About 2,000 youngsters ranging in age from 18 to 35 have enrolled - a third of the estimated number of gang members in Panama.
Official figures suggest that there has been a 31% reduction nationwide in high-impact crimes such as murder, assault, rape and robberies in the first quarter of 2015 compared to the same period last year.
In Colon, where 90% of gang members are estimated to have enrolled in Safer Neighbourhoods, there has been no murder for two months.
Before the programme started, between one and two people were killed here per week on average.
Mr Aguilera acknowledges that the crime reduction may well be linked to wider economic and social factors.
But in areas where the scheme has not yet been introduced, crime rates have at best stagnated, he insists. In some cases, they have even gone up.
Not everyone finishes the course, though. An estimated 40% have dropped out.
They either failed their exams or did not want to follow the routine imposed by the programme.
Four hours a day of life skills classes and religious instruction, in addition to vocational training, sports and work schemes such as clearing weeds from school playing fields, do not appeal to all gang members.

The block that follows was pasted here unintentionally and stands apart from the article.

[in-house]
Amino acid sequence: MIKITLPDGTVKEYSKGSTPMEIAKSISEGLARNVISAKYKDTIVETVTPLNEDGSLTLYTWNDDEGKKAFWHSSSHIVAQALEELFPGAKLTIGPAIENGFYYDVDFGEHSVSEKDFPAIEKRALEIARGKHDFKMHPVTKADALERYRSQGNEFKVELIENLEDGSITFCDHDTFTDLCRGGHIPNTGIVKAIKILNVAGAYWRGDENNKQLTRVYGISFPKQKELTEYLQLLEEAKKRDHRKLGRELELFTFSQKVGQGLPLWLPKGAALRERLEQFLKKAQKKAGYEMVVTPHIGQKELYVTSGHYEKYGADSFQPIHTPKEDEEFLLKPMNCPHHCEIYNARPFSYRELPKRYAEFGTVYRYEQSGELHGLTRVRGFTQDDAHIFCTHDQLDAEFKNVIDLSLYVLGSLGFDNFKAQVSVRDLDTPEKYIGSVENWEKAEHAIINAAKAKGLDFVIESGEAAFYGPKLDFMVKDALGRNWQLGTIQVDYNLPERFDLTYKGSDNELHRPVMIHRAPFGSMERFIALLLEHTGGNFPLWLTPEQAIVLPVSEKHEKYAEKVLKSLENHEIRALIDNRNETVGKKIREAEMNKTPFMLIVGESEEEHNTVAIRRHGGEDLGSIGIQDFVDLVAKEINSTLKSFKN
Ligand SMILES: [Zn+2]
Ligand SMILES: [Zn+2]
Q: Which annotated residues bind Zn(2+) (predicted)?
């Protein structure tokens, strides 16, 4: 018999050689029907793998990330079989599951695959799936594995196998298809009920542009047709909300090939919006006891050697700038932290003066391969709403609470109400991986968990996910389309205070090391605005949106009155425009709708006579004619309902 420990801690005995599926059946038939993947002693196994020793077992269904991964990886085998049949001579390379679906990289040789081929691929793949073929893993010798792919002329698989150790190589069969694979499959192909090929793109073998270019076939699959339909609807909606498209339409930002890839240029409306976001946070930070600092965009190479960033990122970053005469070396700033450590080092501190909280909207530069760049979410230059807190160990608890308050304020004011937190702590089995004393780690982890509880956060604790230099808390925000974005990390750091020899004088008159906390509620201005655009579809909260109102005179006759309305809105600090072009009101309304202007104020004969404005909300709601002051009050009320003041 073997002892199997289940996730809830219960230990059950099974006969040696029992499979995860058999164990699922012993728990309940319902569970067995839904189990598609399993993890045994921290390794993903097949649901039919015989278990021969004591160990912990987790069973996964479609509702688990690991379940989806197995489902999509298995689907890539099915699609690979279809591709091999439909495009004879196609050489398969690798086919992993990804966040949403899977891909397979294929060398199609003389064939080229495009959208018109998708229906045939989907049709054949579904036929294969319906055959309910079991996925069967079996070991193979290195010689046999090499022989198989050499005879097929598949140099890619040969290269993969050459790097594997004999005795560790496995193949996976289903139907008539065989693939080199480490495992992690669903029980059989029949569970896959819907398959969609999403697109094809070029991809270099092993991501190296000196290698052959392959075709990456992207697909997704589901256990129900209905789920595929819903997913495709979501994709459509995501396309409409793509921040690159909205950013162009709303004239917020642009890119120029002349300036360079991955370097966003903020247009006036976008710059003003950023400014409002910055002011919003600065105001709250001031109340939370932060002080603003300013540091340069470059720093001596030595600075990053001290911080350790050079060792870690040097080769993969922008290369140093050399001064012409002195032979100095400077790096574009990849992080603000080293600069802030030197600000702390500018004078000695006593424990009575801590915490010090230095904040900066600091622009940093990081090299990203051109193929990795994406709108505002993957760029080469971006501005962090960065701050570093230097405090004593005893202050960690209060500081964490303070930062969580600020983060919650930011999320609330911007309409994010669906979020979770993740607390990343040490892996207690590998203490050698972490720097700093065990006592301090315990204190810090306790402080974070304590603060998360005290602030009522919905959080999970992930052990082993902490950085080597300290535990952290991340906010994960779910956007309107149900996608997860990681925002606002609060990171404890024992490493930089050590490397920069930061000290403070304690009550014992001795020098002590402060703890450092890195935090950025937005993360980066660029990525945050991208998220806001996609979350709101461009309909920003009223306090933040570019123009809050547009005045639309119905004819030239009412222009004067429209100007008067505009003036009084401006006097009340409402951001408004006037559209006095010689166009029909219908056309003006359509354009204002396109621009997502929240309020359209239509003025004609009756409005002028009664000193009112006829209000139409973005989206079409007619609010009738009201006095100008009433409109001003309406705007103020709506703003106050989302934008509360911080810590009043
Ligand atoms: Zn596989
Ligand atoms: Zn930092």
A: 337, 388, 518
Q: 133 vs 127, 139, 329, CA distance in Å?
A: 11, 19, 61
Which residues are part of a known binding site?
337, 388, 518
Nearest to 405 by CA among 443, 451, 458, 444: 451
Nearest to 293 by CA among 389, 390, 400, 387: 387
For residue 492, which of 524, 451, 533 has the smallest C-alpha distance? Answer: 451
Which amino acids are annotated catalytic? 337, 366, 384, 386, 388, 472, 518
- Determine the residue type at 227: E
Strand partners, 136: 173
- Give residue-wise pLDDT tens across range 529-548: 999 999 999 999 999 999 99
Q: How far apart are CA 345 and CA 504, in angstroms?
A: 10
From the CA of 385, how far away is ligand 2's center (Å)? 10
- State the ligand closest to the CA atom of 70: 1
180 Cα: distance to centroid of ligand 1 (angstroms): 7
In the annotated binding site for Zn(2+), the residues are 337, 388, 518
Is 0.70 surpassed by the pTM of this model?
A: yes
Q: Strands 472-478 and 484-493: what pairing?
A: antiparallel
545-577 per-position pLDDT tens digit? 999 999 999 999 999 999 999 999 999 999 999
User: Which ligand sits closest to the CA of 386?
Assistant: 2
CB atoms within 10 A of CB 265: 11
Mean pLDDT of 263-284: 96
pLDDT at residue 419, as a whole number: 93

Attempts are made to persuade those who drop out to rejoin the scheme, but the minister has a warning for those not willing to change.
The programme's full name of "Safer Neighbourhoods with More Opportunities and a Firm Hand" carries a clear message, he says, emphasizing the "firm hand" approach.
With fewer gang members on the streets, the police can concentrate their efforts on the recalcitrant ones.
Angel, 31, was until recently one of them.
The prospect of going to jail was no deterrent, he says. "It only made things worse."
Eight bullet holes and just as many machete wounds on his body illustrate what he means.
In a complete turnaround, he is now singing the praises of the Lord.
The religious aspect of the programme was not one originally envisioned by the government.
Social workers and psychologists found that having no respect at all for their victims, the law or their elders, the only authority accepted by many gang members was a higher being.
So they got local evangelical pastors on board, who now run many of the classes.
For Angel, it appears to have worked.
He is reluctant to talk about his two decades of criminal activity, and only nods when asked about the rival gang member he killed.
But he professes to be a new man since having found God, totally dissociating himself from his past.
And as if to demonstrate his conversion, he breaks into a song praising God, with the gang members he once led joining in the impromptu rendering.
With one of them swinging a guitar around while not producing a single chord and two more banging the drums with much dedication but little rhythm, it is evident that their musical skills lack refinement.
But their enthusiasm is overwhelming and it comes as little surprise that the government would rather have them clutching guitars than waving around guns.